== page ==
What triggered the turnaround was the sale of 51% of Antel in July 1998 to France Telecom for $575 million. Another 10% was offered to the workers at book value, and at preferential financing rates, and 14% was sold to individual stockholders. The remaining 25% remained in government hands.
Prior to the sale, Antel derived 60% of its revenues from phone traffic to and from the U.S. -- which was quite substantial given the fact that over a million Salvadorans live and work in the United States -- yet there was no competition in the market.
"In 1995, to call your brother in the U.S. you had to pay at least $2 a minute. Now, it's between 10 and 20 cents," says Daboub. "In August 1996, local calls were 0.7 cents a minute. Now it's 1.2 cents. To get a line, you used to pay 20,000 colones (about $2,300) in the black market because there were hardly any lines. Today it's free, and you can choose your own number."
Daboub thinks the Honduran government is making a big mistake by offering six years of exclusivity.
"The idea is to minimize regulation and maximize competition," he said. "We eliminated the word exclusivity from the dictionary. I would not have been involved in the process if we had done it that way."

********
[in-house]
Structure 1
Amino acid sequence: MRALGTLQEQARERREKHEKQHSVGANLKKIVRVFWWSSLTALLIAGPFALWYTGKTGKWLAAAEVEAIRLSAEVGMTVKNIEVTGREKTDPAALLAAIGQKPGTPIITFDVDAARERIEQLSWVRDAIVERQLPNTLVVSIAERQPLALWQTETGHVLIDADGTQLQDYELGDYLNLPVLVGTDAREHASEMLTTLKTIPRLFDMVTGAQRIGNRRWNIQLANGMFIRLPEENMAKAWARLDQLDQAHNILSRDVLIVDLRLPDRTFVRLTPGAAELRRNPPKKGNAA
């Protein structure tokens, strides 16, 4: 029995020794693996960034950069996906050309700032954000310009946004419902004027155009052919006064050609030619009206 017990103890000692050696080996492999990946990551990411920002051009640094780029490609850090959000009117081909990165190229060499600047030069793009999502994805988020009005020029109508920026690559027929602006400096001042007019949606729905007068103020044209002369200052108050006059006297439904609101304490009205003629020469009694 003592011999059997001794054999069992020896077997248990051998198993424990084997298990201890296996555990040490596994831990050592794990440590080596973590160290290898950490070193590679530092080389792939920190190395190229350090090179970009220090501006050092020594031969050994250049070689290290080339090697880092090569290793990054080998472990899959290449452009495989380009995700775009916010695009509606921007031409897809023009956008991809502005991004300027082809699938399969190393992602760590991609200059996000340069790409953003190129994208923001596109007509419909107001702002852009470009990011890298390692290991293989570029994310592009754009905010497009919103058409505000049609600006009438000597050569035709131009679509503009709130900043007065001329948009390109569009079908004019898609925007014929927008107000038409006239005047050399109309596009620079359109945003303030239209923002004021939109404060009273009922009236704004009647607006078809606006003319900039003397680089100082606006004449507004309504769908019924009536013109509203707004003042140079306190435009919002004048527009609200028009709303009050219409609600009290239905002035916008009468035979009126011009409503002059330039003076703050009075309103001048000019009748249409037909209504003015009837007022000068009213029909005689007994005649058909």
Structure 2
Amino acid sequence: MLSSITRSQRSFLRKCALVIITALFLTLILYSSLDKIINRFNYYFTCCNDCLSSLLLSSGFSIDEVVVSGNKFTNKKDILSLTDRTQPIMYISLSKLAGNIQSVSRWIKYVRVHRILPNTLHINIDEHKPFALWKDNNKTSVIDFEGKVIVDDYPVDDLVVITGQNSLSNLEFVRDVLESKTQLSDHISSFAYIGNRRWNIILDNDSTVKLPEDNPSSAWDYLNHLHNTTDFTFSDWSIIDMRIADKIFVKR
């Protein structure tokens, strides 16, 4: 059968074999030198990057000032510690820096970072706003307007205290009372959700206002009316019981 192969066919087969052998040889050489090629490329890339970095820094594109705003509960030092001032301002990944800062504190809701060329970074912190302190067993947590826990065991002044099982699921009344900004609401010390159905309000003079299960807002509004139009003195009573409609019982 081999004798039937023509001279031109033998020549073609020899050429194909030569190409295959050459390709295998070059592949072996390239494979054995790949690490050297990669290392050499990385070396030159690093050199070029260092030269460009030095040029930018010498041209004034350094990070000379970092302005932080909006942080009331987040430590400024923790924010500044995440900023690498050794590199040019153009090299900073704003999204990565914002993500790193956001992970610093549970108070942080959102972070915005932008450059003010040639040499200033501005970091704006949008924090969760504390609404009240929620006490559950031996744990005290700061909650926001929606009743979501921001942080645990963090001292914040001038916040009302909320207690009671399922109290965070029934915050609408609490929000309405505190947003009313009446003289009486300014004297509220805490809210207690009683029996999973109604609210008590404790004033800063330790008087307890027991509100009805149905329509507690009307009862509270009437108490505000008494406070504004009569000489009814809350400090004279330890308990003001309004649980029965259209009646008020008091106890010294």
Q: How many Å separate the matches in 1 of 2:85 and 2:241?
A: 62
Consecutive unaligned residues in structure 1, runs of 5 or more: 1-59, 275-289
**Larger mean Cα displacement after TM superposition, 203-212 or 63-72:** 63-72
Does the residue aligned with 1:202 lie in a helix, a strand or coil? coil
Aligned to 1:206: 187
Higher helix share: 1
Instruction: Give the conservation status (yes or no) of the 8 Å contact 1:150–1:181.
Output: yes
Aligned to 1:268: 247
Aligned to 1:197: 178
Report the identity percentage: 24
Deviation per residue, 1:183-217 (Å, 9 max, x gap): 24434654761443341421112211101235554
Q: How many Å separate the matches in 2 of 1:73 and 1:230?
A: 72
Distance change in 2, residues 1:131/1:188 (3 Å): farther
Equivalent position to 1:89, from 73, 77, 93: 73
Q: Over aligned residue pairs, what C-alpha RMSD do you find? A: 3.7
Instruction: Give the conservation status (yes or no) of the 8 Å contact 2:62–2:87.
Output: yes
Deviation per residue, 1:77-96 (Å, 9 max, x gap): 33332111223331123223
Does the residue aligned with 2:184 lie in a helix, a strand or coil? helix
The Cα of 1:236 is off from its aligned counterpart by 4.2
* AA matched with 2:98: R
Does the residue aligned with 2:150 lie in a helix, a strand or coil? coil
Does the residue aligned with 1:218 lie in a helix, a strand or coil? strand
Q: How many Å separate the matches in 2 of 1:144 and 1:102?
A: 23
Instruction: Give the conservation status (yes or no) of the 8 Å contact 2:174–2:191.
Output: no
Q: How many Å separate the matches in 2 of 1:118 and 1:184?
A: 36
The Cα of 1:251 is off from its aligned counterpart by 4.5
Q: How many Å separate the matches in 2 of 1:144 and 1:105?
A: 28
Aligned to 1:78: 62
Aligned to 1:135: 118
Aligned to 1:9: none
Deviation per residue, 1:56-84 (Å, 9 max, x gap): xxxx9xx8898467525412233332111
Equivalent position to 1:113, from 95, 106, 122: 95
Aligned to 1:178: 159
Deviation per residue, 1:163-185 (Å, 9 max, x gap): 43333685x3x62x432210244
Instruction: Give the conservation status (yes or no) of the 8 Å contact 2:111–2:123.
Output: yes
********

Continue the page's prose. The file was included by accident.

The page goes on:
In Jordan, where until recently the government owned everything from a cement factory to a vegetable-oil processing plant, an ambitious privatization program is well underway.
"Over the past several decades, Jordan's public sector has been the dominant player in the economy," says financial analyst Abdulla Shahin of Atlas Investment Group Ltd. in Amman. "The Jordanian private sector, like most Arab countries, was characterized by its small size and general ineffectiveness. As Jordan strives to maintain its regional competitiveness, the country's new leadership is looking for the private sector to assume a more active role in the development of the economy."
In February, that effort got a big boost when France Telecom -- in the largest privatization in Jordanian history -- agreed to buy a 40% controlling interest in Jordan Telecommunications Co. (JTC) for $508 million, which was the minimum price set by the government.